Tail
Twisting

The Tail Twister within the Lions Clubs International Organization is one of the most fun, most rewarding, and most challenging jobs a Lion can have. In my 20 plus years as a Lion, I have been the Club, Zone, and District Tail Twister. I have read articles about Tail Twisting, researched on the Internet, gave presentations on Tail Twisting; spoke with Lions Clubs International (LCI) about Tail Twister information, spoke with other Tail Twisters, and read minutes of many different clubs meetings to see what their Tail Twisters do to make the meetings fun. And on two different times, about one year apart I did “posts” on the LCI website and requested Tail Twisting ideas from Lions members around the world, approximately 1.3 million people. My first post did not receive a single response, my second post, and request for ideas received one response. One response from 1.3 million people!

What have I learned? I have learned that Tail Twisting is unique to each person doing the task. I learned that there are some limitations on the Tail Twisters, some are limited to what they can do by “club tradition”, limited by the Tail Twister’s internal motivation-enthusiasm, limited by time at the meeting, limited by lack of support from the club officers and many other hurdles they must overcome.

What have I discovered? I have discovered that there are many Lions who are, or would like to be the club Tail Twister. Before they would, they wanted good, quality, and helpful training to give them some ideas and basic guidelines to get them started. We have training for virtually every other officer in Lions, why not the Tail Twister. So, this Guide is for all those Lions who would like to be the Tail Twister, but just needed the training, a step-up, encouragement, and basic ideas to get you started.

Lastly, some of the ideas included are mine, some from other Tail Twisters I know, some from different Lions meetings I have attended, and many are a compilation from other Lion and nonlion articles and research.

This amazingly valuable resource was written by Lion Bruce Beck from Palisade, MN.

Tail Twister Duties

Taken from the Lions Clubs International Officers Club Manual, the Tail Twister’s duties are; He/she promotes harmony, good fellowship, and enthusiasm in the meetings through appropriate stunts and games and the judicious imposition of fines on club members. There shall be no ruling from his/her decision in imposing a fine, provided, however, that no fine shall exceed an amount fixed by the board of directors of the club, and no member shall be fined more than twice at any one meeting. The Tail Twister may not be fined except by the unanimous vote of all members present. All monies collected by the Tail Twister (optional) shall be immediately turned over to the treasurer and a receipt be given.

History of the Tail Twister

The following depicts the history of the Tail Twister as taken from the LION magazine, March 2009, page 23. The concept of Tail Twisting predates Lions clubs by two centuries. Private clubs in England in the early 1700s good-naturedly fined members for telling tales or for using another member’s tobacco. But Lions perfected the practice of club hijinks. Tail Twisting had its origins in the pep committees formed at the chartering of the downtown Detroit club in 1920. The committees then shifted down to a “single, energetic personality,” according to The World’s Biggest Doers: The Story of the Lions.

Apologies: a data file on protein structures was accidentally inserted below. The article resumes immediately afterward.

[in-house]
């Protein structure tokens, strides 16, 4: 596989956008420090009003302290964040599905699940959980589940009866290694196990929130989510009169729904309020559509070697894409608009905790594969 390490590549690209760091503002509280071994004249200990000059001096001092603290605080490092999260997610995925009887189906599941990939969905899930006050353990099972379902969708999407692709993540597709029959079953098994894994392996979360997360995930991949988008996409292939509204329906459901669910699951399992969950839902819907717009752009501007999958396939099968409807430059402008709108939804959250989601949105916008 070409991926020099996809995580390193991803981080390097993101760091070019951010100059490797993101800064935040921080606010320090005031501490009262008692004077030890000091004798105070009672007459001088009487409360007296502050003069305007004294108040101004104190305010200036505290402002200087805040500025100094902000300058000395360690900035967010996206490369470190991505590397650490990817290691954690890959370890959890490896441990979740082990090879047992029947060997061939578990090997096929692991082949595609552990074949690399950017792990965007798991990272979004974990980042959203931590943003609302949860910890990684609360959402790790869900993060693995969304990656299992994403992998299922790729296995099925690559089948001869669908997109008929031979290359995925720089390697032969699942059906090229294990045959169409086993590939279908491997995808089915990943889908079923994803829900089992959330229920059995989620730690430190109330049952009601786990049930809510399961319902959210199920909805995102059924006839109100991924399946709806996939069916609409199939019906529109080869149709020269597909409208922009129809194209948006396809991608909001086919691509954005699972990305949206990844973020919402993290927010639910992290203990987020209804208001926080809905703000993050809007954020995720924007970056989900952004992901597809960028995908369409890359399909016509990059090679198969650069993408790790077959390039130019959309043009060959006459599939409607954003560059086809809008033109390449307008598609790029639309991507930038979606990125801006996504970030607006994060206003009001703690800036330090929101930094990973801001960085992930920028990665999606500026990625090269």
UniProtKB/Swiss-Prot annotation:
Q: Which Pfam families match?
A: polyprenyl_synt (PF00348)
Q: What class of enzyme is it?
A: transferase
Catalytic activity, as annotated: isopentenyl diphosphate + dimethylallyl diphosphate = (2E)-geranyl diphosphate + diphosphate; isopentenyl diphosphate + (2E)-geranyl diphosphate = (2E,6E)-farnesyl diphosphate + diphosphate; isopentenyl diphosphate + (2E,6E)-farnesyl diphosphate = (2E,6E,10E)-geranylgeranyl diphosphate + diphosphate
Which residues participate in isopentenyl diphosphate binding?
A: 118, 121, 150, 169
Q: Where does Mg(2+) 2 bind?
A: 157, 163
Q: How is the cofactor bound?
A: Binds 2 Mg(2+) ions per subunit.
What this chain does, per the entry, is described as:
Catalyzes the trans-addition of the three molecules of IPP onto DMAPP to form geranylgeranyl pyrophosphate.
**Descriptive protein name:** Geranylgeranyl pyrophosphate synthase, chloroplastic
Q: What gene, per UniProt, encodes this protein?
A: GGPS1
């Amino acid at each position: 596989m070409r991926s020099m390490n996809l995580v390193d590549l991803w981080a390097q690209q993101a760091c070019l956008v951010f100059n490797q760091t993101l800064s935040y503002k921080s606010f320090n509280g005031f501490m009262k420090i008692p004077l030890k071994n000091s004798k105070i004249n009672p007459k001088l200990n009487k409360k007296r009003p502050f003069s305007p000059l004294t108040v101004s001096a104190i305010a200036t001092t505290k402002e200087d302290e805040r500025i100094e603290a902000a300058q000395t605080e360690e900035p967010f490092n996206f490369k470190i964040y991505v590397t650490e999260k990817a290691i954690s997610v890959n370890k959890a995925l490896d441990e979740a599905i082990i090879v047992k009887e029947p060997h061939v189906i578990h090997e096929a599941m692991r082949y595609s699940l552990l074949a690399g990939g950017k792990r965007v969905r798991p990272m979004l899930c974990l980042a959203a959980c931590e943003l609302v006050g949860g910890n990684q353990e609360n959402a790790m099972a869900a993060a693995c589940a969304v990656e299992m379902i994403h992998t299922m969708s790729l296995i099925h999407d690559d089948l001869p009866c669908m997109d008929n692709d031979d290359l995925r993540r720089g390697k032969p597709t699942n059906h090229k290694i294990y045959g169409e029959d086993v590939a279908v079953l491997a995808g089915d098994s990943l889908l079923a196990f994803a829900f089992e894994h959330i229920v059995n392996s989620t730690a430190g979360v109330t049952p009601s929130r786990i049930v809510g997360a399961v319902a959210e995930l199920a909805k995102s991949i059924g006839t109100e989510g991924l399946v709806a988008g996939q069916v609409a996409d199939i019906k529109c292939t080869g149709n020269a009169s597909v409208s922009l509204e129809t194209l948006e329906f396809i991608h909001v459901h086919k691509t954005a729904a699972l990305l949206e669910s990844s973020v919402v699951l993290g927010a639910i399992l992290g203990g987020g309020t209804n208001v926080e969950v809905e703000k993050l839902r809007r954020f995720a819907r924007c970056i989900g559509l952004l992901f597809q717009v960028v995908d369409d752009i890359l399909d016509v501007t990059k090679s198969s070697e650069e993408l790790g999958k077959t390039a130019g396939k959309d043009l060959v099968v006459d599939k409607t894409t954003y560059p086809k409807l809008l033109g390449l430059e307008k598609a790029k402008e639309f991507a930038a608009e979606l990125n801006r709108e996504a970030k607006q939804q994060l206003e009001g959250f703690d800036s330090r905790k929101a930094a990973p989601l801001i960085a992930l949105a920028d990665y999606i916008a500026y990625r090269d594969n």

“We were trying to find some way to liven up Lion meetings,” recalled Melvin Jones, the founder of Lions clubs in 1917. “One fellow who had been born on a farm said that what used to be done; when a cow refused to go through the gate, someone would grab her by the tail and twist. We all laughed, but one of the boys said, ‘Why isn’t that a good name?’ “We already had decided on ‘Lion Tamer’ for the sergeant-at-arms, so it seemed logical to confer the title ‘Tail Twister’ on the chairman of the pep committee.”

But the international board, “in a huff of offended dignity, issued an edict against use of the low-comedy term,” according to the Lions history book. The question was batted about at board meetings for a few years until International President Ray Riley in 1929 “got up at a session in Washington one day and told them they were taking themselves too seriously,” Riley added that clubs would have tail twisters “whether the board likes it or not.”

The role was established but the name remained in flux. Even by 1941, the LION Magazine could write: “Of all the novel and rich experiences which await the new Lion, none strikes him so forcibly as his introduction to that “Demon of the Dime,’ that ‘De-bunker of Dignity,’ known as the ‘Spizzerinkter’ or “Tail Twister.’ The Tail Twister, as we prefer to call him, is about the only absolute dictator we know who enjoys the affection of those whom he oppresses.”

Other Lions apparently preferred Tail Twister, too, and somewhere along the line, Spizzerinkter-fortunately-was dropped.

Basic Guidelines for Tail Twisting